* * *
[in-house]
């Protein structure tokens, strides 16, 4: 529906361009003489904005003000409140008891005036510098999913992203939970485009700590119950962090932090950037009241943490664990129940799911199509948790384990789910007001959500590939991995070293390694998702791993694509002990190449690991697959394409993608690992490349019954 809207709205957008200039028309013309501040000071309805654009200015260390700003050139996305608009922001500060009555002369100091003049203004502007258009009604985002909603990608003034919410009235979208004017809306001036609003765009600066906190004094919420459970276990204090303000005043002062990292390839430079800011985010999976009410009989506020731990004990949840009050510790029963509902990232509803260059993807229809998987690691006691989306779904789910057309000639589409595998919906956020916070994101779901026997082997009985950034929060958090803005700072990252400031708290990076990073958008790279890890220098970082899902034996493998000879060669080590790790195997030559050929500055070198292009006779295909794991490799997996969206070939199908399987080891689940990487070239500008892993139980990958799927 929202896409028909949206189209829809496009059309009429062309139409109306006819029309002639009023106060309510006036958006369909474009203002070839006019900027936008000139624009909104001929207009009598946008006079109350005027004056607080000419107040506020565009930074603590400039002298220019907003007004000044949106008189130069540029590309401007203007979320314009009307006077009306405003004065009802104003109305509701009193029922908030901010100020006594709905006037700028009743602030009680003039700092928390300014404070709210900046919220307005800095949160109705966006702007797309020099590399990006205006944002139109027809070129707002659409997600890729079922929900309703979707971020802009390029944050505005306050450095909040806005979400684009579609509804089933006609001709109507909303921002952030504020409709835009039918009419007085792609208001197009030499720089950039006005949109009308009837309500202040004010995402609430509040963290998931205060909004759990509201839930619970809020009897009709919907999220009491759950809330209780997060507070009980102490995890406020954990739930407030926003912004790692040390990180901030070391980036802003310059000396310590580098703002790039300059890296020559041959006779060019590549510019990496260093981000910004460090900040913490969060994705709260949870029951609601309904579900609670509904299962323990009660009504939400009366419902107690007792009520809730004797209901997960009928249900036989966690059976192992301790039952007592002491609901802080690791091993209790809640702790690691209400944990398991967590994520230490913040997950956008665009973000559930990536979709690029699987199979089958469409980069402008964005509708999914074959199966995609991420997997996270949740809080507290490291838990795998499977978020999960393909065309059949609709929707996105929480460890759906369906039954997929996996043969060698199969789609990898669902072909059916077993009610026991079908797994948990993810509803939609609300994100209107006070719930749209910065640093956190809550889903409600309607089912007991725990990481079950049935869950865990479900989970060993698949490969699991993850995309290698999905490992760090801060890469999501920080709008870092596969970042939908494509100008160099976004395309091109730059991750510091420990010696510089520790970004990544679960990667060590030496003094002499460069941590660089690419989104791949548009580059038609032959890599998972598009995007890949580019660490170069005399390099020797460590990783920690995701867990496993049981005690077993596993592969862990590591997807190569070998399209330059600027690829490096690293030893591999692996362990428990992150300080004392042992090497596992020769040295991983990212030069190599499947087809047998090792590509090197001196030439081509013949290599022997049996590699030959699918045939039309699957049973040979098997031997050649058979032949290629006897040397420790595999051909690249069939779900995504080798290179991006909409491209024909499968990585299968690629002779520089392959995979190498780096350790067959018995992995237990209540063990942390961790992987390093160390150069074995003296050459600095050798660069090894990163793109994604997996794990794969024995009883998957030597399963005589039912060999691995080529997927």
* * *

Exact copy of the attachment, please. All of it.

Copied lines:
[in-house]
């Protein structure tokens, strides 16, 4: 529906361009003489904005003000409140008891005036510098999913992203939970485009700590119950962090932090950037009241943490664990129940799911199509948790384990789910007001959500590939991995070293390694998702791993694509002990190449690991697959394409993608690992490349019954 809207709205957008200039028309013309501040000071309805654009200015260390700003050139996305608009922001500060009555002369100091003049203004502007258009009604985002909603990608003034919410009235979208004017809306001036609003765009600066906190004094919420459970276990204090303000005043002062990292390839430079800011985010999976009410009989506020731990004990949840009050510790029963509902990232509803260059993807229809998987690691006691989306779904789910057309000639589409595998919906956020916070994101779901026997082997009985950034929060958090803005700072990252400031708290990076990073958008790279890890220098970082899902034996493998000879060669080590790790195997030559050929500055070198292009006779295909794991490799997996969206070939199908399987080891689940990487070239500008892993139980990958799927 929202896409028909949206189209829809496009059309009429062309139409109306006819029309002639009023106060309510006036958006369909474009203002070839006019900027936008000139624009909104001929207009009598946008006079109350005027004056607080000419107040506020565009930074603590400039002298220019907003007004000044949106008189130069540029590309401007203007979320314009009307006077009306405003004065009802104003109305509701009193029922908030901010100020006594709905006037700028009743602030009680003039700092928390300014404070709210900046919220307005800095949160109705966006702007797309020099590399990006205006944002139109027809070129707002659409997600890729079922929900309703979707971020802009390029944050505005306050450095909040806005979400684009579609509804089933006609001709109507909303921002952030504020409709835009039918009419007085792609208001197009030499720089950039006005949109009308009837309500202040004010995402609430509040963290998931205060909004759990509201839930619970809020009897009709919907999220009491759950809330209780997060507070009980102490995890406020954990739930407030926003912004790692040390990180901030070391980036802003310059000396310590580098703002790039300059890296020559041959006779060019590549510019990496260093981000910004460090900040913490969060994705709260949870029951609601309904579900609670509904299962323990009660009504939400009366419902107690007792009520809730004797209901997960009928249900036989966690059976192992301790039952007592002491609901802080690791091993209790809640702790690691209400944990398991967590994520230490913040997950956008665009973000559930990536979709690029699987199979089958469409980069402008964005509708999914074959199966995609991420997997996270949740809080507290490291838990795998499977978020999960393909065309059949609709929707996105929480460890759906369906039954997929996996043969060698199969789609990898669902072909059916077993009610026991079908797994948990993810509803939609609300994100209107006070719930749209910065640093956190809550889903409600309607089912007991725990990481079950049935869950865990479900989970060993698949490969699991993850995309290698999905490992760090801060890469999501920080709008870092596969970042939908494509100008160099976004395309091109730059991750510091420990010696510089520790970004990544679960990667060590030496003094002499460069941590660089690419989104791949548009580059038609032959890599998972598009995007890949580019660490170069005399390099020797460590990783920690995701867990496993049981005690077993596993592969862990590591997807190569070998399209330059600027690829490096690293030893591999692996362990428990992150300080004392042992090497596992020769040295991983990212030069190599499947087809047998090792590509090197001196030439081509013949290599022997049996590699030959699918045939039309699957049973040979098997031997050649058979032949290629006897040397420790595999051909690249069939779900995504080798290179991006909409491209024909499968990585299968690629002779520089392959995979190498780096350790067959018995992995237990209540063990942390961790992987390093160390150069074995003296050459600095050798660069090894990163793109994604997996794990794969024995009883998957030597399963005589039912060999691995080529997927």